Now let's move on to backbone cloud and network trend. One question here is who will perform data analysis at your router or a cloud server. In a smart grid domain, we actually observe both. The table on the bottom shows comparison for each approach. When edge router performs data analysis for the information collected from end node, it increases the software complexity and the hardware requirement on the edge router. However, due to the local analysis feature, it reduce the network traffic greatly to the backbone and achieve quicker response time to the node.
Especially, we will observe that this trend in a substation application domain where real-time control is very critical in this domain. On the other hand, the cloud server based approach reduced workload in edge router and so it reduced the software complexity and hardware the requirement on the edge router. However, since role information has to be delivered to the cloud server for analysis, it increases network traffic to the backbone. And since it goes through the more passes compared to the edge router approach, the response time is relatively slower than edge router approach. But my personal opinion is since, typically, the backbone communications support very high data rate so I think the delay with additional pass would not be very critical. This will be very dependent on the application specific requirement.
This slide shows how application level connection is set up between a end node and the control center. A trend we observed is that end node is built with IP and application layer for IP and application stacks and so end node directly connected to control center. In this case, the role of edge router is a pretty minimum just acting as a bridge between the control center and the end node. Another trend is that edge router or gateway plays more roles in connecting between end node and the controller center. So end node are completely hidden from control center and each router locally maintained all the end node and provide the necessary control to end node based on the control centers request or deliver information to the control center.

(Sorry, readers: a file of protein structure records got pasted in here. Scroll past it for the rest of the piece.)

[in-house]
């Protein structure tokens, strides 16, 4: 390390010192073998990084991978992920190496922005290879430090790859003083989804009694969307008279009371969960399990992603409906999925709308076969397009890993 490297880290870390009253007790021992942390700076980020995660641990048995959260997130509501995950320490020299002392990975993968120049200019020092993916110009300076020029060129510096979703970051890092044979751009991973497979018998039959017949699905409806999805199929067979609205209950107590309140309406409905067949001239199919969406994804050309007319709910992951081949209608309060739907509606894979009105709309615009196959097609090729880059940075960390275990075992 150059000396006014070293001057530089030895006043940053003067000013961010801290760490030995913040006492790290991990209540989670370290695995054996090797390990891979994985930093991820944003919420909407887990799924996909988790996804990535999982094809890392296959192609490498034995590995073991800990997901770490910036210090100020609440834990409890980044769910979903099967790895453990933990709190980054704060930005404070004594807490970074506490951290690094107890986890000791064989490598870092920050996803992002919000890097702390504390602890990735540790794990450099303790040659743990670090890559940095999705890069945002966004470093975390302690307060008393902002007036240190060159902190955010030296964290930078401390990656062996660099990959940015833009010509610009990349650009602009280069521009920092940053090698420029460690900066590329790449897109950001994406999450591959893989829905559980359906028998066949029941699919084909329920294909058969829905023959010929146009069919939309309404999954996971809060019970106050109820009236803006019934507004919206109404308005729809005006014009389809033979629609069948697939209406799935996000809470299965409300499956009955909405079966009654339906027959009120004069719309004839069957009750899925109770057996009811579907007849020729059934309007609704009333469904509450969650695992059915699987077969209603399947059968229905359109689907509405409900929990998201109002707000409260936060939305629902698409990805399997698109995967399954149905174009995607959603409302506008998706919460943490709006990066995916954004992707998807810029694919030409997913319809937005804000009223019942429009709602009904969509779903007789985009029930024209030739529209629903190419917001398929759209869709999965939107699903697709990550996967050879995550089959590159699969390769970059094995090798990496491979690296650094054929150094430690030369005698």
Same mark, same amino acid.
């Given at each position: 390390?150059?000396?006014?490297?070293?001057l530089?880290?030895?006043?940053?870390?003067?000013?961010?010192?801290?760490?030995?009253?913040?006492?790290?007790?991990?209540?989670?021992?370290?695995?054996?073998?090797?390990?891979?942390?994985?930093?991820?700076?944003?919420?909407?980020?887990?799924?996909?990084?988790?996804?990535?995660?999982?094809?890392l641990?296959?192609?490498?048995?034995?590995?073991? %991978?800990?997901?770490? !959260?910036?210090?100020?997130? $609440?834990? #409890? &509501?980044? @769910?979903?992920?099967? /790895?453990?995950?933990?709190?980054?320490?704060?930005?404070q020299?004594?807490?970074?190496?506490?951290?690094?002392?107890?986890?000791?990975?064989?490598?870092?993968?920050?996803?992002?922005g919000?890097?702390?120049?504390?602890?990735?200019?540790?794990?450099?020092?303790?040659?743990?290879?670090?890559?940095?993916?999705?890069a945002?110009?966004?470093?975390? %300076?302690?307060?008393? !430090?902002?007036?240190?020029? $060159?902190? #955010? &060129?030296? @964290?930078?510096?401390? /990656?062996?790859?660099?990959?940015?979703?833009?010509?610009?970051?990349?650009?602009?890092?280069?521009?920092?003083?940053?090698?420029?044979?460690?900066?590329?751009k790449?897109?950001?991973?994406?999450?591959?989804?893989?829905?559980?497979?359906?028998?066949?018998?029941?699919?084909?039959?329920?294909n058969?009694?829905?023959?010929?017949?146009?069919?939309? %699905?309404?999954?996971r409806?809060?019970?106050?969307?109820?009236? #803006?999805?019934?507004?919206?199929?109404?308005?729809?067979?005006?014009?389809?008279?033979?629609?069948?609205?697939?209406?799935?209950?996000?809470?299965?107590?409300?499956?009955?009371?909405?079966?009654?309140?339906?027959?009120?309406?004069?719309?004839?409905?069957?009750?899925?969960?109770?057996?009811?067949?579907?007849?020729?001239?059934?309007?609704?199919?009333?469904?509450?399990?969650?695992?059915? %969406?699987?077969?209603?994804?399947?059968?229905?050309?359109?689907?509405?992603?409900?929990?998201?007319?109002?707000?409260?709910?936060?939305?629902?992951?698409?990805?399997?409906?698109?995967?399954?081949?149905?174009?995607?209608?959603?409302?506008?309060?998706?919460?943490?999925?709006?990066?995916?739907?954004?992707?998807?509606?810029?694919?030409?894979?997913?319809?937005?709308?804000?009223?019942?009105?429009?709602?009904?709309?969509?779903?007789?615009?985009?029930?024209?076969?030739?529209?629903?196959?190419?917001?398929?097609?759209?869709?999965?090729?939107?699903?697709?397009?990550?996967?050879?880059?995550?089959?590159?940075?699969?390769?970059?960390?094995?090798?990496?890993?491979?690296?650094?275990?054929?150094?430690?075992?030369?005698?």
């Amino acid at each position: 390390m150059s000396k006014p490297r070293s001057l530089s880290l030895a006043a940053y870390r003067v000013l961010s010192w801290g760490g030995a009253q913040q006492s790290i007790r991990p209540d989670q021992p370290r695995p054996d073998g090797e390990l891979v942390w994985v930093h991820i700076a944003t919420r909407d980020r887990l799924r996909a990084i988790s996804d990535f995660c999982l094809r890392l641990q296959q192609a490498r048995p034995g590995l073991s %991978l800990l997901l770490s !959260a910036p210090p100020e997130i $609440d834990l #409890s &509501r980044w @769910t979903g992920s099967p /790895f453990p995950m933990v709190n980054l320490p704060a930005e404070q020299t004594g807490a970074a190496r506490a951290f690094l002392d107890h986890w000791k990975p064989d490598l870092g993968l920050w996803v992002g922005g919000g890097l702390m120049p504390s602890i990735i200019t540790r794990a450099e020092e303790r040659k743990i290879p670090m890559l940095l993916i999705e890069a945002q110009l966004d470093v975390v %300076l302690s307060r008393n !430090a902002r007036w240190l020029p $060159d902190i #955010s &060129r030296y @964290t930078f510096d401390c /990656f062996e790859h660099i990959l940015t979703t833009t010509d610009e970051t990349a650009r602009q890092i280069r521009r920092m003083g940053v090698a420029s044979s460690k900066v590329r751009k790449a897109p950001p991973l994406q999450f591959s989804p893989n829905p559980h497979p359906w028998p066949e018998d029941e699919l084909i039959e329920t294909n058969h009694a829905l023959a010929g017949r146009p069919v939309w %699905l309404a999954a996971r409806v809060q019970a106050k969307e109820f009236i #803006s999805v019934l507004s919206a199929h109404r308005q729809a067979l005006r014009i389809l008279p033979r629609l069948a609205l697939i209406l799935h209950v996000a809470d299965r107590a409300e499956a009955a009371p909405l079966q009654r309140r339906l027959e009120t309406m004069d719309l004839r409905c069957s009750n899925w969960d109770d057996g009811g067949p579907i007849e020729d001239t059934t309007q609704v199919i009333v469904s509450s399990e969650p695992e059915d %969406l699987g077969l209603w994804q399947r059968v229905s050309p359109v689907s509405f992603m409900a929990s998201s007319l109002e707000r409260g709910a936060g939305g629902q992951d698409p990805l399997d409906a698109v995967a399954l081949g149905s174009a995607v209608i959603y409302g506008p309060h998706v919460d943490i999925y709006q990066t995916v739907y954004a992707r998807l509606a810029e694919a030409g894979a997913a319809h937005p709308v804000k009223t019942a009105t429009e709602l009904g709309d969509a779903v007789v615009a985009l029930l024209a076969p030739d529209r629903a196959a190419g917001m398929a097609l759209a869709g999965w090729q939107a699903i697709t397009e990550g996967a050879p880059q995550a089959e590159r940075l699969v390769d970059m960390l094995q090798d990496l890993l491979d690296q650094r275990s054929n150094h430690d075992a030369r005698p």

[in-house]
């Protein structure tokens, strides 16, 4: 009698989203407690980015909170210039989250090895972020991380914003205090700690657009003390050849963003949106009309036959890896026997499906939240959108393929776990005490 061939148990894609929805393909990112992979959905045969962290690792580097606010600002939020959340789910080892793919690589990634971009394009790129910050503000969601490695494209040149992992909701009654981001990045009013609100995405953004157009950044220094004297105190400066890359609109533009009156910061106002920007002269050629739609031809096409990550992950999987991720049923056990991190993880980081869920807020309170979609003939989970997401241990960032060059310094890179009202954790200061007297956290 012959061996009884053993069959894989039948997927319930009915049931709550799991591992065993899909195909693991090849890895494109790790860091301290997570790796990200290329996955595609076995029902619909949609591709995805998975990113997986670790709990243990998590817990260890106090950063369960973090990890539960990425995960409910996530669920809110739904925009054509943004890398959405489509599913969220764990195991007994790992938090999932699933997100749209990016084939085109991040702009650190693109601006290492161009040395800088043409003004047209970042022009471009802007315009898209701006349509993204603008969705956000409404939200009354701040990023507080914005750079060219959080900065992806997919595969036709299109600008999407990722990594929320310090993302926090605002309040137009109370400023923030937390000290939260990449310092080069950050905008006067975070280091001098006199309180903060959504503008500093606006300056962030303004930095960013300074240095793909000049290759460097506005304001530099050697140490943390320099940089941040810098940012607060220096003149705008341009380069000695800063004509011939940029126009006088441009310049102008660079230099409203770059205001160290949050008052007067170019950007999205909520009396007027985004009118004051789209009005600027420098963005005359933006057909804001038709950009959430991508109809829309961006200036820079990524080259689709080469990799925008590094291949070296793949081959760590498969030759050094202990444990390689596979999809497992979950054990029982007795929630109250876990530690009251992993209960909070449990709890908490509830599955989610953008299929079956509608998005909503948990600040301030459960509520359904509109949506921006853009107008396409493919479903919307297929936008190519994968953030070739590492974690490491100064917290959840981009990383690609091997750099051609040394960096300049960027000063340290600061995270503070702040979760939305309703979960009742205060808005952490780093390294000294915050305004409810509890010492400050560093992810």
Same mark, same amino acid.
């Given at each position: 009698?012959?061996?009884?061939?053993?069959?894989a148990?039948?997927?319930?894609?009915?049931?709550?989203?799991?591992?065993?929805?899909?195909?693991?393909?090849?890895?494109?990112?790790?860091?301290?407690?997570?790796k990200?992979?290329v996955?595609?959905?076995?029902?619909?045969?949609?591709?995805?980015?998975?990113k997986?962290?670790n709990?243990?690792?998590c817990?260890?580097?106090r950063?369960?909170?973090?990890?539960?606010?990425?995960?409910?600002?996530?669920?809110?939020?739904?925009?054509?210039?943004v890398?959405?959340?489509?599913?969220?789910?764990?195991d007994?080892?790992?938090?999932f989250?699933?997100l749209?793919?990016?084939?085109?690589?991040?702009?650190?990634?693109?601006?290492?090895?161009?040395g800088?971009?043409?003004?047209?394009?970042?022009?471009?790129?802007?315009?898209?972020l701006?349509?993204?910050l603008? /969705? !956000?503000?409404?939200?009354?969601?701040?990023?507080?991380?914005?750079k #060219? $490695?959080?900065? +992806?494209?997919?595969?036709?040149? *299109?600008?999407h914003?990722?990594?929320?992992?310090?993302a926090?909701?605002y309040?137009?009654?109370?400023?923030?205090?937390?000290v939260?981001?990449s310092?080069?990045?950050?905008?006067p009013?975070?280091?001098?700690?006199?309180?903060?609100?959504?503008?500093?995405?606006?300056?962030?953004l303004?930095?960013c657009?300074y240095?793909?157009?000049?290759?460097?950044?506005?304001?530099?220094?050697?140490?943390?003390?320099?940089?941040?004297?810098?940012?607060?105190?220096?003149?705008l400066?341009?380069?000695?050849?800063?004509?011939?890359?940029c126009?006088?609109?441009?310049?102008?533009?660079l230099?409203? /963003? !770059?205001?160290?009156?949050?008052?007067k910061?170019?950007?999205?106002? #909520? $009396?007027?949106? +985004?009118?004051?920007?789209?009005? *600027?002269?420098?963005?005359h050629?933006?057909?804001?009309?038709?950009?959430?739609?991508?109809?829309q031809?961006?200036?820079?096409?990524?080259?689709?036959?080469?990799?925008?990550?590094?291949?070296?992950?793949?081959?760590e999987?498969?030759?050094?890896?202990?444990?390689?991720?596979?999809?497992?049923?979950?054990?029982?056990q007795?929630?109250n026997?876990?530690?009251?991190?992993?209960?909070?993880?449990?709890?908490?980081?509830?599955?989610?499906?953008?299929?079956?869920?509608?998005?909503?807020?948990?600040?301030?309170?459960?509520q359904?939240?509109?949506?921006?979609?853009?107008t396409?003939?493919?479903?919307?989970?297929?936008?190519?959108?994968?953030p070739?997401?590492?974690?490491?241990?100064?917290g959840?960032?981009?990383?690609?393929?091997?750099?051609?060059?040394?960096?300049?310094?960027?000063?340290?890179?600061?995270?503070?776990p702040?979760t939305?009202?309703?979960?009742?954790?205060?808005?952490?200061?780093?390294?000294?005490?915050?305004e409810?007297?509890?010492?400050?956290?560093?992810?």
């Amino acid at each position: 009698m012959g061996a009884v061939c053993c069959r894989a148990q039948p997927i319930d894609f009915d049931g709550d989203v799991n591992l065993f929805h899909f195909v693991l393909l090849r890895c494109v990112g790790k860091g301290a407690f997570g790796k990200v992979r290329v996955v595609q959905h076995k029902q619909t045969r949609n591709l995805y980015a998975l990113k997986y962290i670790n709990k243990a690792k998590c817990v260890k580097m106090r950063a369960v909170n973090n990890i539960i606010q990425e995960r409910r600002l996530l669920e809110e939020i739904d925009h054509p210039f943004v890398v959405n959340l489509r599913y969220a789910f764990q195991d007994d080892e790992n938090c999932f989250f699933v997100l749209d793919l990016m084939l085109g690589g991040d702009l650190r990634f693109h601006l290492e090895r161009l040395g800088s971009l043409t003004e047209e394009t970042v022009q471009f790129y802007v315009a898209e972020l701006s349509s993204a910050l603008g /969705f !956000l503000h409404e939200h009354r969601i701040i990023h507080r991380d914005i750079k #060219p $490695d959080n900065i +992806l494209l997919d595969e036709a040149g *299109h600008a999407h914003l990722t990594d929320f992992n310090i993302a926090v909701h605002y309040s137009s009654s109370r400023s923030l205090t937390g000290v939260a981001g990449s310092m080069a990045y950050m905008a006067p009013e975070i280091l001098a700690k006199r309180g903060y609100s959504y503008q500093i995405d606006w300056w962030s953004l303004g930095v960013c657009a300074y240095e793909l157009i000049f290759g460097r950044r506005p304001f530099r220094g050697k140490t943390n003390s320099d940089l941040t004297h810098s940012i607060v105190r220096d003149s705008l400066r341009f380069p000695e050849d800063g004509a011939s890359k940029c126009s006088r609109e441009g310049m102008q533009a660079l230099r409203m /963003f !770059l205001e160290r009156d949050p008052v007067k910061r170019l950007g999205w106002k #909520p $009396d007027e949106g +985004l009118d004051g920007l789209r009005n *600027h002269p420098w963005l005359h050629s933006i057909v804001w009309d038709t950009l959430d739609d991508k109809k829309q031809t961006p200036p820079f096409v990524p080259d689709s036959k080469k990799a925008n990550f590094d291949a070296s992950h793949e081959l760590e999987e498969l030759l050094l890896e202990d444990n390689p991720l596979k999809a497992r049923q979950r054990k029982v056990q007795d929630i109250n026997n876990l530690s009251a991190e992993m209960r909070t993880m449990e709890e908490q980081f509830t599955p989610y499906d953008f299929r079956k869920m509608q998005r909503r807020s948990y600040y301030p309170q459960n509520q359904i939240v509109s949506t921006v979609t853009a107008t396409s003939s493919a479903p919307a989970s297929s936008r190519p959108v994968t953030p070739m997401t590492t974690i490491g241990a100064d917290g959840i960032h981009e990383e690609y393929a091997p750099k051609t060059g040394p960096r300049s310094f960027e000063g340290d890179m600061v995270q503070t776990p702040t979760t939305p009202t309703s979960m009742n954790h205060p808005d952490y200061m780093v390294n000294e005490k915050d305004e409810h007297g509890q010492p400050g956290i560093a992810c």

We observed the direct application level connection between end node and the control center with [? co-app ?] based applications and second approach just a local connectivity that has been seen in the web based application where web server is located in the edge router. There are many connectivity solutions in access network, backbone network, even cloud service domains.
In the access network domain, there are many different wireless solutions such as sub-1 gigahertz RF wireless M-Bus, Wi SUN, and 2.4 gigahertz ZigBee and the Wi-Fi and the celluar based approach like Sigfox and LoRa and the Narrowband IoT and LTE-M and so on. A challenging part, as you can see here, is that it's not likely that a single wireless solution will win for the entire IoT.
Now, in the middle moving to the backbone connectivity, it looks like much less solutions where typically the ethernet or ethernet via the Wi-Fi access is mostly popular social solutions in this domain. In the cloud domain, there are multiple vendors for the cloud service. Recently Amazon Web Services get a big spotlight on the cloud service and also the IBM, Apple, Microsoft also have this on the cloud services. OK.
This is all for the smart grid IoT overview and trend training session. At the next session, we will discuss the challenges on the smart grid IoT. Thank you for watching.
April 10, 2017
This training will cover system- and software-level deep-dives on key communication protocols which comprise a 6LoWPAN-based RF network. The training will review new TI Designs/products for an RF network implementation on the CC1310 wireless MCU and Beaglebone Black (BBB)– including both the end node and edge router (or data concentrator) solutions.